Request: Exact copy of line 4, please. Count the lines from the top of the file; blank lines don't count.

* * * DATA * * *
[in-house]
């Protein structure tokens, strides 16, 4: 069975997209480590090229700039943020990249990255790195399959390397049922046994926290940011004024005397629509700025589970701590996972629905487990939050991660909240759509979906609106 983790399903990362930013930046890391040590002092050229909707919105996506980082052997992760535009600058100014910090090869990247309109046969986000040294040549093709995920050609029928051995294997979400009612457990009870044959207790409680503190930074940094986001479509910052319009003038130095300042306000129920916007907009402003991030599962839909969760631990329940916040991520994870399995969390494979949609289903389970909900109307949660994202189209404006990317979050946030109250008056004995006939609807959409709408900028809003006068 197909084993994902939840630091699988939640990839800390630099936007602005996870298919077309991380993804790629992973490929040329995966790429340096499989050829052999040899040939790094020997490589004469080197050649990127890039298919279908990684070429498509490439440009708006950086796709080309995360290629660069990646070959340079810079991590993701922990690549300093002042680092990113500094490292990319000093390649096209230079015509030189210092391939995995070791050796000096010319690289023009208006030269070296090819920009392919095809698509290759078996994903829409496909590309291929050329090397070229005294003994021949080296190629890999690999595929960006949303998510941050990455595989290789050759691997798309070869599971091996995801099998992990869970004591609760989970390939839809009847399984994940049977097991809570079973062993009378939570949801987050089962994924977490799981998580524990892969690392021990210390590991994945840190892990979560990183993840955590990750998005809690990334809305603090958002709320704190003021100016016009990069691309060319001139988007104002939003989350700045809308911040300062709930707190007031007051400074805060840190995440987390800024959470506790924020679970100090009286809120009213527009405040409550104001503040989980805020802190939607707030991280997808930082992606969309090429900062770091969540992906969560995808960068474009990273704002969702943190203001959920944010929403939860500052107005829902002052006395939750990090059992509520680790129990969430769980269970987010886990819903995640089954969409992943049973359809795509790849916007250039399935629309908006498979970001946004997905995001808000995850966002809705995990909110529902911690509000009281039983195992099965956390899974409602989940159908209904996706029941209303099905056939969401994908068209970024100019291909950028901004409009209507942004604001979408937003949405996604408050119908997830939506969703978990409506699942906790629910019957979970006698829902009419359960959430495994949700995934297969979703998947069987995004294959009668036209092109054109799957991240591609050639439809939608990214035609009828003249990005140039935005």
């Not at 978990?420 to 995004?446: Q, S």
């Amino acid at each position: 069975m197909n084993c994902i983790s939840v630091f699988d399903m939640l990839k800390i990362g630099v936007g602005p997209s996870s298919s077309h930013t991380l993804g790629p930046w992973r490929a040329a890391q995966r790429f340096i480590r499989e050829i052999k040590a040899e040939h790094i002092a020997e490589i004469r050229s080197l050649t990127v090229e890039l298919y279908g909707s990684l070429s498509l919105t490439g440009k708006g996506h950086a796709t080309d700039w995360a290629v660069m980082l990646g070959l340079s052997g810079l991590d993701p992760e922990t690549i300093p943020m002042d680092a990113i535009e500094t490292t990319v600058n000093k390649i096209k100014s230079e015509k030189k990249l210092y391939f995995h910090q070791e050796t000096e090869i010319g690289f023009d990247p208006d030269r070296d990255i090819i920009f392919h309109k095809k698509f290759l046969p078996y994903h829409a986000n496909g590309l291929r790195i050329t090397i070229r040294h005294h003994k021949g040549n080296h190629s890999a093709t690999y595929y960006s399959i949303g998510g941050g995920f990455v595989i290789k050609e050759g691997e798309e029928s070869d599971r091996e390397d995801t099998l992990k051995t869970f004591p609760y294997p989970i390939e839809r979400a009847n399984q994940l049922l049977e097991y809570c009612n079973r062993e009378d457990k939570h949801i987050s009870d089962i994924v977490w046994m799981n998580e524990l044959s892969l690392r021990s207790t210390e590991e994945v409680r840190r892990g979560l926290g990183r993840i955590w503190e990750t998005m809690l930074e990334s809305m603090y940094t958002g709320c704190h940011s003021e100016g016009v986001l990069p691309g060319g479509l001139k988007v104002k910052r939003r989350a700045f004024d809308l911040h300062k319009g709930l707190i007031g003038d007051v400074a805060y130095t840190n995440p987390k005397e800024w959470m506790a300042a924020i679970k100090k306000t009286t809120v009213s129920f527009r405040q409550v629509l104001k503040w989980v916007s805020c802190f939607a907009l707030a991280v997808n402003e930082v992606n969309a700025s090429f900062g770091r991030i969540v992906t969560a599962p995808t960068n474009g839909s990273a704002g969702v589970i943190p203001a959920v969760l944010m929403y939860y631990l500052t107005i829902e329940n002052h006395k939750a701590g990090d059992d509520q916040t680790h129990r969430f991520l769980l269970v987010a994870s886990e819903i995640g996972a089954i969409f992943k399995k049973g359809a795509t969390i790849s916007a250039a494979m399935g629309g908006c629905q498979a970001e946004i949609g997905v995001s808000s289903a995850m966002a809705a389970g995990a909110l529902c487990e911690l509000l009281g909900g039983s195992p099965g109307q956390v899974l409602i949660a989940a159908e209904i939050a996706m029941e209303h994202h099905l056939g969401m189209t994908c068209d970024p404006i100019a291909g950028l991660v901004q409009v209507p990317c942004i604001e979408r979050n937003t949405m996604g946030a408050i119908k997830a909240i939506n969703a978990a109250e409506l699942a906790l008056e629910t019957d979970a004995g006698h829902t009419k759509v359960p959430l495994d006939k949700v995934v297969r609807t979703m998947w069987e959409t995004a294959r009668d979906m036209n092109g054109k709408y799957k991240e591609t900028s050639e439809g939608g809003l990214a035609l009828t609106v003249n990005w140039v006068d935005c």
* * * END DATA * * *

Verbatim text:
């Amino acid at each position: 069975m197909n084993c994902i983790s939840v630091f699988d399903m939640l990839k800390i990362g630099v936007g602005p997209s996870s298919s077309h930013t991380l993804g790629p930046w992973r490929a040329a890391q995966r790429f340096i480590r499989e050829i052999k040590a040899e040939h790094i002092a020997e490589i004469r050229s080197l050649t990127v090229e890039l298919y279908g909707s990684l070429s498509l919105t490439g440009k708006g996506h950086a796709t080309d700039w995360a290629v660069m980082l990646g070959l340079s052997g810079l991590d993701p992760e922990t690549i300093p943020m002042d680092a990113i535009e500094t490292t990319v600058n000093k390649i096209k100014s230079e015509k030189k990249l210092y391939f995995h910090q070791e050796t000096e090869i010319g690289f023009d990247p208006d030269r070296d990255i090819i920009f392919h309109k095809k698509f290759l046969p078996y994903h829409a986000n496909g590309l291929r790195i050329t090397i070229r040294h005294h003994k021949g040549n080296h190629s890999a093709t690999y595929y960006s399959i949303g998510g941050g995920f990455v595989i290789k050609e050759g691997e798309e029928s070869d599971r091996e390397d995801t099998l992990k051995t869970f004591p609760y294997p989970i390939e839809r979400a009847n399984q994940l049922l049977e097991y809570c009612n079973r062993e009378d457990k939570h949801i987050s009870d089962i994924v977490w046994m799981n998580e524990l044959s892969l690392r021990s207790t210390e590991e994945v409680r840190r892990g979560l926290g990183r993840i955590w503190e990750t998005m809690l930074e990334s809305m603090y940094t958002g709320c704190h940011s003021e100016g016009v986001l990069p691309g060319g479509l001139k988007v104002k910052r939003r989350a700045f004024d809308l911040h300062k319009g709930l707190i007031g003038d007051v400074a805060y130095t840190n995440p987390k005397e800024w959470m506790a300042a924020i679970k100090k306000t009286t809120v009213s129920f527009r405040q409550v629509l104001k503040w989980v916007s805020c802190f939607a907009l707030a991280v997808n402003e930082v992606n969309a700025s090429f900062g770091r991030i969540v992906t969560a599962p995808t960068n474009g839909s990273a704002g969702v589970i943190p203001a959920v969760l944010m929403y939860y631990l500052t107005i829902e329940n002052h006395k939750a701590g990090d059992d509520q916040t680790h129990r969430f991520l769980l269970v987010a994870s886990e819903i995640g996972a089954i969409f992943k399995k049973g359809a795509t969390i790849s916007a250039a494979m399935g629309g908006c629905q498979a970001e946004i949609g997905v995001s808000s289903a995850m966002a809705a389970g995990a909110l529902c487990e911690l509000l009281g909900g039983s195992p099965g109307q956390v899974l409602i949660a989940a159908e209904i939050a996706m029941e209303h994202h099905l056939g969401m189209t994908c068209d970024p404006i100019a291909g950028l991660v901004q409009v209507p990317c942004i604001e979408r979050n937003t949405m996604g946030a408050i119908k997830a909240i939506n969703a978990a109250e409506l699942a906790l008056e629910t019957d979970a004995g006698h829902t009419k759509v359960p959430l495994d006939k949700v995934v297969r609807t979703m998947w069987e959409t995004a294959r009668d979906m036209n092109g054109k709408y799957k991240e591609t900028s050639e439809g939608g809003l990214a035609l009828t609106v003249n990005w140039v006068d935005c």